It’s Lent. Again. And again I think about what it is I’ll give up.
My Lenten sacrifices are almost always connected to food. At 288 pounds, it’s safe to say I’m an eater. In fact, as I’m writing this I’m eating a cheese, mayo, and Doritos on rye. And I’m having a Coke. I shouldn’t be having a Coke. I shouldn’t be having a sandwich. I’m diabetic. And it’s 1:25 in the morning.
Food has always been a struggle in my life. And so too, food is part of my Lent. My Lenten history includes giving up chocolate, soda, candy. Two Lents in a row I gave up whole meals like breakfast or lunch. Not long ago I chose to fast one day a week. And there was that one time I went paleo – nuts, fruits, red meat – stuff cavemen would eat. I took on Lent as a diet, which is not what Lent is for.
And yet, food has never failed me. It always shows up when I need it the most or when I don’t need it at all. It’s like the friend I’ve never had and yet the worst kind of friend I’d never want. Tomorrow I will wake up, check my blood sugar levels, and I will see how good this friend actually is.
It’s a Wednesday in January, 2015. I’m required to eat dinner in my community on Wednesday nights. But today I’m not feeling it. Today I’m too upset. I buried my mom a few weeks ago and I’m not adjusting well. So I’ve decided to leave.
I live on the third floor of an early 20th century walk-up in Chicago. Behind the building is the wooden fire escape I use to avoid everyone. I walk down the alley and up the street to a pizza parlor. I’ve been there before but on happier occasions.
I walk into the restaurant. Immediately I order three slices of cheese and pepperoni and the largest Coke they sell. Before I pay I snag a double chocolate chip brownie sitting in a red plastic basket near the register. I take my receipt, claim my tray, and find a table.
I proceed to inhale everything.
My reflection is in the glass of the window ahead of me. I see myself eating among the cars passing by on the other side. I look a lot like my mom. And so I see my mom eating. Tears are falling down my face. I’m experiencing the unspoken lessons of my mother playing out in my life in real time. I am eating my feelings, trying to rest in the comforting familiarity of food. But it’s not working. Food was the accomplice to my mother’s demise.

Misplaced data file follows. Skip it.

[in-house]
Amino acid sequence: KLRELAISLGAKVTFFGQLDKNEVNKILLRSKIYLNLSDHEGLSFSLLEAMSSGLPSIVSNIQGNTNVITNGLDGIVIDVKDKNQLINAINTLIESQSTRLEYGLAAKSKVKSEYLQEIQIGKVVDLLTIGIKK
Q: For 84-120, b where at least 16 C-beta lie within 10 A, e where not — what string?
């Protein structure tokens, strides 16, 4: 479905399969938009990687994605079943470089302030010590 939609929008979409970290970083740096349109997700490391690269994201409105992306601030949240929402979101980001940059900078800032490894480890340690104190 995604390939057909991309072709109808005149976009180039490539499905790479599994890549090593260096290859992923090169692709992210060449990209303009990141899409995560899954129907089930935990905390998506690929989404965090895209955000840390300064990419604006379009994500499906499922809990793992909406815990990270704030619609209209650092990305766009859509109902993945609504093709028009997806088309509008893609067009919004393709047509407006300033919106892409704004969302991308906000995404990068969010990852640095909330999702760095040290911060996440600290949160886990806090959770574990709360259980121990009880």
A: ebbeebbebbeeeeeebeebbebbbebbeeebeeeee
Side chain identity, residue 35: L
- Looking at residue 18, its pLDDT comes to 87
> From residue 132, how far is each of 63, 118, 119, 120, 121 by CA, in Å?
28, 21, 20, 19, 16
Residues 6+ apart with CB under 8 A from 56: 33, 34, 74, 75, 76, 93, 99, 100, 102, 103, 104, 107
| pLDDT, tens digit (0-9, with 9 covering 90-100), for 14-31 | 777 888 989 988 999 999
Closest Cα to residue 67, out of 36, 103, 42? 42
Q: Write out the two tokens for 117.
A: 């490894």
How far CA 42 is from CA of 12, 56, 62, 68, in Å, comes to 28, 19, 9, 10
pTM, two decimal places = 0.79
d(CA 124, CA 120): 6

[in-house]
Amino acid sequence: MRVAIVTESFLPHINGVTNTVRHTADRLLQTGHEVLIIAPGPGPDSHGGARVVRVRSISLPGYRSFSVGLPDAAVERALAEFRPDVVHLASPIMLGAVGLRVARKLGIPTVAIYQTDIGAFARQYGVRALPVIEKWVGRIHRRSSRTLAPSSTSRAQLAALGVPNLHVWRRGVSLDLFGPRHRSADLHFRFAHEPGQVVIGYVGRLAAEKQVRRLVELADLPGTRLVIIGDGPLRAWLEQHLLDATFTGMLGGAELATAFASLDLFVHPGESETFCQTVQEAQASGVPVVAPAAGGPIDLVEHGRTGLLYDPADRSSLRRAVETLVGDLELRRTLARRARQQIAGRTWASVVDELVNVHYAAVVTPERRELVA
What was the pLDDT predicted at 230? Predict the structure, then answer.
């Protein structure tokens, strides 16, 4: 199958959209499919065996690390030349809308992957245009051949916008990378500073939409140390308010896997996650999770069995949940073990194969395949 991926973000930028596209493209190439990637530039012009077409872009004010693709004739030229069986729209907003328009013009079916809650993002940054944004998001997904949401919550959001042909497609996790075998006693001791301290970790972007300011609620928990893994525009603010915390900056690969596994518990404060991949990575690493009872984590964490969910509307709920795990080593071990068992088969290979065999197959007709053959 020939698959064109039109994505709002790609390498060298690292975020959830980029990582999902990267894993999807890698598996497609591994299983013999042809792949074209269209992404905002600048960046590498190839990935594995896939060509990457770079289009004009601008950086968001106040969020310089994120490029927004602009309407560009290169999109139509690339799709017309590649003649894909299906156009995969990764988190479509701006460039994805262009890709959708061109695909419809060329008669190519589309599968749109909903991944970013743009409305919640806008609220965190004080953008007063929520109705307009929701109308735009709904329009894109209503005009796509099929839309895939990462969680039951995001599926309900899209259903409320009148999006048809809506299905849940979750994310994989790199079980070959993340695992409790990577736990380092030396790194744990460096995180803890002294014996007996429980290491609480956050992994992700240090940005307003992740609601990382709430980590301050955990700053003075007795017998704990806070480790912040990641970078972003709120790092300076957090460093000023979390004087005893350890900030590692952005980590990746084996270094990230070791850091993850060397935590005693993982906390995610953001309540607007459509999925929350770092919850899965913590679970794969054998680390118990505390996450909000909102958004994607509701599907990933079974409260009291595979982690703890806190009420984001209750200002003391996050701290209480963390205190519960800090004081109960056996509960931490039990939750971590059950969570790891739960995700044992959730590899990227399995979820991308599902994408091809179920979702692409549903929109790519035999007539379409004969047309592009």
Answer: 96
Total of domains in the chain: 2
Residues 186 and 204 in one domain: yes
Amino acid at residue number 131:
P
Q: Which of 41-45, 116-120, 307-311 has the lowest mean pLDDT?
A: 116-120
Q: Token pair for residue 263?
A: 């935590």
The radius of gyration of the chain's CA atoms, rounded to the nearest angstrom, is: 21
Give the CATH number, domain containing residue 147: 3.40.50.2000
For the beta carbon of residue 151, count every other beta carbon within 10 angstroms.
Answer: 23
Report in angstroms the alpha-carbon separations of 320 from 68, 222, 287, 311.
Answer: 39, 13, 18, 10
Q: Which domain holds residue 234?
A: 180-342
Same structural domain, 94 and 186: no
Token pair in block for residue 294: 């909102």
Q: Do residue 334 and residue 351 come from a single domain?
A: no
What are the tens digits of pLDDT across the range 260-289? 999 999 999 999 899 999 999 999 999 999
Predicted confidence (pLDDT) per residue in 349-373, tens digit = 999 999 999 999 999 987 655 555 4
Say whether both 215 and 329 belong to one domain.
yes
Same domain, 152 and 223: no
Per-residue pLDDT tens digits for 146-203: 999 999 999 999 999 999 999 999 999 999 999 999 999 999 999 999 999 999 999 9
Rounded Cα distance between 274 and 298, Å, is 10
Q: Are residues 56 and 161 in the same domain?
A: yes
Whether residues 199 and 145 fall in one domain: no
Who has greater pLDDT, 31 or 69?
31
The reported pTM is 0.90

I will turn 39 in July. The same age my mom was when she married my dad 30 years ago. Glancing back on memories I notice how much I am actually like my mother. The other day I was watching TV. My right hand rested under my chin and my left hand found a place under my thigh. My legs were extended out in front of me, and my feet were rocking back and forth. I was sitting exactly like my mom. Then there’s the way I smile and laugh and wipe tears from my eyes. And that’s not even the half of it. My mother’s imprint runs deep.
My mom used food as an escape, and so do I. She may not have readily admitted this fact about herself, and I don’t want to either. But like she always said: “Actions speak louder than words.” When she was in pain the food would go in, and my mom was a woman who hurt. But don’t get me wrong, she also knew how to celebrate, and food was there to punctuate the joy. And like my mom, I hurt too. And I celebrate, just like my mom. And food is at the center of it all. I am my mother’s son.
I love how I was raised. I love who I have become and am becoming, and all of this is due partly to my mom. She laid solid foundations for me to be me. But not everything she taught me I want to keep. I want food to be the thing that sustains life, not what diminishes it.
This desire to change my relationship with food isn’t about the typical Lenten sacrifice – taking something good away for the sake of an experience of discomfort. I want to take the discomfort away so I can live better. Perhaps even longer than my mom did. Or if anything, live healthier than she did. But I’m still trying to figure that out, how to unlearn and let go, and even though it can be difficult, to not be so much like my mom.
The cover image, from Flickr user Eric Chan, can be found here.